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ISSUE1:

This is what I get when I try to open my C:/Documents and Settings.Although I am the owner of the computer I was denied permissions to open the folder. So, I changed the owner of Documents and Settings from SYSTEM to Fasih(HP-PC\HP) and this is me. Still I cant access.

Also, I want to revert the owner back to SYSTEM, just in case to prevent anything stupid. So I retraced the steps and now.. I cant change the owner back to SYSTEM (strange).
Help!

NOTE: I realized from another question that this folder doesn't exist any more. So please tell me how to revert the Owner back to SYSTEM

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Came to know after I lent him mine, a lil late –  Fasih Khatib Aug 19 '12 at 17:55
    
no no, I changed the permissions on C:/ Drive to try to access Documents and Settings –  Fasih Khatib Aug 19 '12 at 17:59
    
I will rephrase the entire questions! –  Fasih Khatib Aug 19 '12 at 18:00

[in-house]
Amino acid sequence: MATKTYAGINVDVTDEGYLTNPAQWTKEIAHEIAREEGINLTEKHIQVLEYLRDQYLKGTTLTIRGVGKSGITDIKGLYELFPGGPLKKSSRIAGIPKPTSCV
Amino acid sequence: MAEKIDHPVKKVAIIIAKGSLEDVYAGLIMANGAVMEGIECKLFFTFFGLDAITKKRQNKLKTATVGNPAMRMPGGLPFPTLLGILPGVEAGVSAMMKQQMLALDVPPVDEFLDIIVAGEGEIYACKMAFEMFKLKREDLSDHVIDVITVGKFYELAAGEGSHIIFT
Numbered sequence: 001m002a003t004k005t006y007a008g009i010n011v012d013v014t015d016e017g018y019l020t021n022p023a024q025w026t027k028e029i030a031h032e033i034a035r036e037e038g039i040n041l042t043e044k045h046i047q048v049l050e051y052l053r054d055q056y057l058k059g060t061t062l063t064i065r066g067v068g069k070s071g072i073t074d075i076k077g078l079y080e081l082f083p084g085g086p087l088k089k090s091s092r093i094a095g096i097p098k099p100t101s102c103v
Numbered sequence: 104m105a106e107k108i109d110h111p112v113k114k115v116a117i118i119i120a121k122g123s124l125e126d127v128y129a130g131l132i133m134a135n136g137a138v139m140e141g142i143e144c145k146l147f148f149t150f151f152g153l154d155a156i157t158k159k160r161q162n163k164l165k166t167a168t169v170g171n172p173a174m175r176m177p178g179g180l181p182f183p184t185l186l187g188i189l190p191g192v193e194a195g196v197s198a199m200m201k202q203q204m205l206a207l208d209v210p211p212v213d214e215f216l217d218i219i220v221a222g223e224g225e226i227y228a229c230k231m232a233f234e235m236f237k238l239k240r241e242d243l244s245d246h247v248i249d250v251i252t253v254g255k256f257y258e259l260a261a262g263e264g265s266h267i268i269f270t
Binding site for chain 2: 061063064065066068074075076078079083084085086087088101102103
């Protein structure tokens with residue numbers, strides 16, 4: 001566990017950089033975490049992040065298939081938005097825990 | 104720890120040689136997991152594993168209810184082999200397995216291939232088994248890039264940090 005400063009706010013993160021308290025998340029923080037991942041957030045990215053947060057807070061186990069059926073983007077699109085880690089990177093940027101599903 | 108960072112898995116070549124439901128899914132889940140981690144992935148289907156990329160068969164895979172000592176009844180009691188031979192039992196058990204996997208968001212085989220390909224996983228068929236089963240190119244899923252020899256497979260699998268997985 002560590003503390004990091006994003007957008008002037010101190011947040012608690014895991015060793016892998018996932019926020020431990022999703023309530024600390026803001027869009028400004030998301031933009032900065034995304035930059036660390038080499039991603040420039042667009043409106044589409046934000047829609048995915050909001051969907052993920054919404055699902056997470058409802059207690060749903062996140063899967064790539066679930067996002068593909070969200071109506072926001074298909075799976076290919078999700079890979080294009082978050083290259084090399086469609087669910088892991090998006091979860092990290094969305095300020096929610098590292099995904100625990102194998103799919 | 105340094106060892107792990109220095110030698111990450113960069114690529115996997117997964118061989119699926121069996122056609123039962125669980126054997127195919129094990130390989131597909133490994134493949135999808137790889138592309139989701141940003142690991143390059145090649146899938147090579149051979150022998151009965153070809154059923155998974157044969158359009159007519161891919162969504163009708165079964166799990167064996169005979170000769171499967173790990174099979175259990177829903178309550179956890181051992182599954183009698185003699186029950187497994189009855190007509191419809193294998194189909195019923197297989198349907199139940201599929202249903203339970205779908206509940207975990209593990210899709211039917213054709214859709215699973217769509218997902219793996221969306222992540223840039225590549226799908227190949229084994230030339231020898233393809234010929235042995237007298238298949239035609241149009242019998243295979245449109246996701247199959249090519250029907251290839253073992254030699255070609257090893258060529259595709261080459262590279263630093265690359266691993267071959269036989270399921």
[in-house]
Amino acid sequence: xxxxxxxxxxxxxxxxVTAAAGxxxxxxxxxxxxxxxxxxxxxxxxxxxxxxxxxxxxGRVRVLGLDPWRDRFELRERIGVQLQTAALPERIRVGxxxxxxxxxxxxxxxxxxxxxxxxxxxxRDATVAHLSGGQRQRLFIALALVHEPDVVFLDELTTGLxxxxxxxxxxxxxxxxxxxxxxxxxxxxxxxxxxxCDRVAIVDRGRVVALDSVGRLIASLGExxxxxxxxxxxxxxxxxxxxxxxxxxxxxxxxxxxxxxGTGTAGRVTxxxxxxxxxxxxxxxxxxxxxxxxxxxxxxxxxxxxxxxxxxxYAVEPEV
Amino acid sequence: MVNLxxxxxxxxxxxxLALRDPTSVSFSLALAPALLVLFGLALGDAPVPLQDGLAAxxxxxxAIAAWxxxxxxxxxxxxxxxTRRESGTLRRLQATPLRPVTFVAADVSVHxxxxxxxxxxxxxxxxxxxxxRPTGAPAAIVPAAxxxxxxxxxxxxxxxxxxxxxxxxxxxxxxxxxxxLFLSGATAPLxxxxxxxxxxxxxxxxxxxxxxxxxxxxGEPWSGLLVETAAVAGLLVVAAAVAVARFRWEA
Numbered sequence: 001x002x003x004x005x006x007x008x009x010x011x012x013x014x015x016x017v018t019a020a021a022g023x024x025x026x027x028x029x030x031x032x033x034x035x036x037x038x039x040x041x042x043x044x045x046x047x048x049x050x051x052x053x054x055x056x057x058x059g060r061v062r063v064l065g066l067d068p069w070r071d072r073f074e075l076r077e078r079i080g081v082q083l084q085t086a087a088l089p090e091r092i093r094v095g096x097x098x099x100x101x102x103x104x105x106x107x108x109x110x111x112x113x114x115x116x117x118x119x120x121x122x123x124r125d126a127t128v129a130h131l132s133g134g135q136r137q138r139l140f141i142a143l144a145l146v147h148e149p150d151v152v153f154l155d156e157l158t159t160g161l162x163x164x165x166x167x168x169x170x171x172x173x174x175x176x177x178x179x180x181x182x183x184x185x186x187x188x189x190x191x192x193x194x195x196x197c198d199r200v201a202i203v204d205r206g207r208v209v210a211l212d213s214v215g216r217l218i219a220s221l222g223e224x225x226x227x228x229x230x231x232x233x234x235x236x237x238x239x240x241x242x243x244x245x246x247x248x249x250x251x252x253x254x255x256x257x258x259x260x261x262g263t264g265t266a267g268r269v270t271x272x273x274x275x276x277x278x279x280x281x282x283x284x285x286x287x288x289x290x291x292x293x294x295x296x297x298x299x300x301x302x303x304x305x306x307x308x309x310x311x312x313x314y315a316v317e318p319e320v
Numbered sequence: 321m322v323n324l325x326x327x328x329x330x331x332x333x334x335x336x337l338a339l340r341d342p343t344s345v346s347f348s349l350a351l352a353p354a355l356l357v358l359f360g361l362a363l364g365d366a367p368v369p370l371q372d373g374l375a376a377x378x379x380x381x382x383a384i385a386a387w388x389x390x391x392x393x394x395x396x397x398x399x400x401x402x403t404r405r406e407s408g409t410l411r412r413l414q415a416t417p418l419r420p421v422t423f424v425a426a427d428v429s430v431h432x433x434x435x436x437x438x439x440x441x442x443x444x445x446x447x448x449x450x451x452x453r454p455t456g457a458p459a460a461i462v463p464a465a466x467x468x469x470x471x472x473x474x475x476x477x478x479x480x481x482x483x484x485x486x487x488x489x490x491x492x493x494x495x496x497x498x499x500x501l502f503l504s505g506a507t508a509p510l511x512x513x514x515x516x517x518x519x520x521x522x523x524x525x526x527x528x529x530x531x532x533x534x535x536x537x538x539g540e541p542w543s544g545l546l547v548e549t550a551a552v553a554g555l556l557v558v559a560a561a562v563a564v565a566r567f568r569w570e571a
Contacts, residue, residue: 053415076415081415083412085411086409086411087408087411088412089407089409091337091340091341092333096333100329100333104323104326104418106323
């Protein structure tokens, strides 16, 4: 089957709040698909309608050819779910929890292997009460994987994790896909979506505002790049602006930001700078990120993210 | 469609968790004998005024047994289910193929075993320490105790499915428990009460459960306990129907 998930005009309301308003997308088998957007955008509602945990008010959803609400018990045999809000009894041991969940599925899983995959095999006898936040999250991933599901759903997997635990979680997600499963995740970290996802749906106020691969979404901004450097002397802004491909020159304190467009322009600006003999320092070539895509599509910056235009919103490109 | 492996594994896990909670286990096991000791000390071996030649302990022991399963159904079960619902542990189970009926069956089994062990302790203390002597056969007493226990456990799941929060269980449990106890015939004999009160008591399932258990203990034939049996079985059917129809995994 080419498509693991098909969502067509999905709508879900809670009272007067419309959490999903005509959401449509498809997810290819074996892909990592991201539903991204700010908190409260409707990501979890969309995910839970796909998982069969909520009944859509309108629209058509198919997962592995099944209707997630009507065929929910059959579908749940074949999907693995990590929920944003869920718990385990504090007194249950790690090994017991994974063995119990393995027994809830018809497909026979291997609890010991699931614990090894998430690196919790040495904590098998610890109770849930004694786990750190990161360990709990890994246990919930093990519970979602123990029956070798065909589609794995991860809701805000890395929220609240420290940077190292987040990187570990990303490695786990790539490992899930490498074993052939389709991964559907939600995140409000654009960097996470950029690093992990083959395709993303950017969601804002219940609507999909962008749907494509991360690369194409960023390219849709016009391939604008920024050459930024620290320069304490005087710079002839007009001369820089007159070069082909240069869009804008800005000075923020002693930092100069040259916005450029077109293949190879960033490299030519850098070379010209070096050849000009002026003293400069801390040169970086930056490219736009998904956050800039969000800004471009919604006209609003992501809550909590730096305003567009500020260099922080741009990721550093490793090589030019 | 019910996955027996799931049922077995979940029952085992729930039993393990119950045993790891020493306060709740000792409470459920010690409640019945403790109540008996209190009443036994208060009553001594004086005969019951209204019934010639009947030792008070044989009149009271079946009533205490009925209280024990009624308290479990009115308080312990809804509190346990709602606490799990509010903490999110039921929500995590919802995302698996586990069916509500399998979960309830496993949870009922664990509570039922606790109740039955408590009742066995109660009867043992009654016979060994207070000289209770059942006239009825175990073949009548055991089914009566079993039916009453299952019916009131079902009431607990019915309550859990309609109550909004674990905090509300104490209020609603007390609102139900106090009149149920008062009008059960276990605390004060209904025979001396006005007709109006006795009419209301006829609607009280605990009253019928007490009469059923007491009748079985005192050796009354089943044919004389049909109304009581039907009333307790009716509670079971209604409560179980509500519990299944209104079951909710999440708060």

2  
Changing permissions on the system drive C: is a bad idea, back up your data and reinstall the OS, too many different permissions on sub folders on C, may be impossible to restore them. –  Moab Aug 19 '12 at 18:01
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Putting two completely different problems in one question is a really bad idea. I suggest you to remove your first question to prevent your question from being closed as it is likely answered in superuser.com/questions/49582/… anyway. –  Gurken Papst Aug 19 '12 at 18:37

1 Answer 1

up vote 2 down vote accepted

While the owner should not matter, you can change it back to the default by running icacls "C:\Documents and Settings\" /setowner SYSTEM

Looks like official documentation for Windows 7 is missing but you can find it for Windows Server here: http://technet.microsoft.com/en-us/library/cc753525(v=ws.10).aspx - Behavior should not differ.

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Well, if the owner doesnt matter then I wont worry about it. How does the owner matter anyways? –  Fasih Khatib Aug 20 '12 at 1:35
    
Being the owner of a file system object always allows you to change permissions on that object, even if you do not have the explicit right to change permissions for that object. This is why you had to become the owner of the junction point to change the permissions. Learn more about permissions in Windows NT based systems on technet.microsoft.com/en-us/library/cc783530(WS.10).aspx. –  Gurken Papst Aug 20 '12 at 16:32

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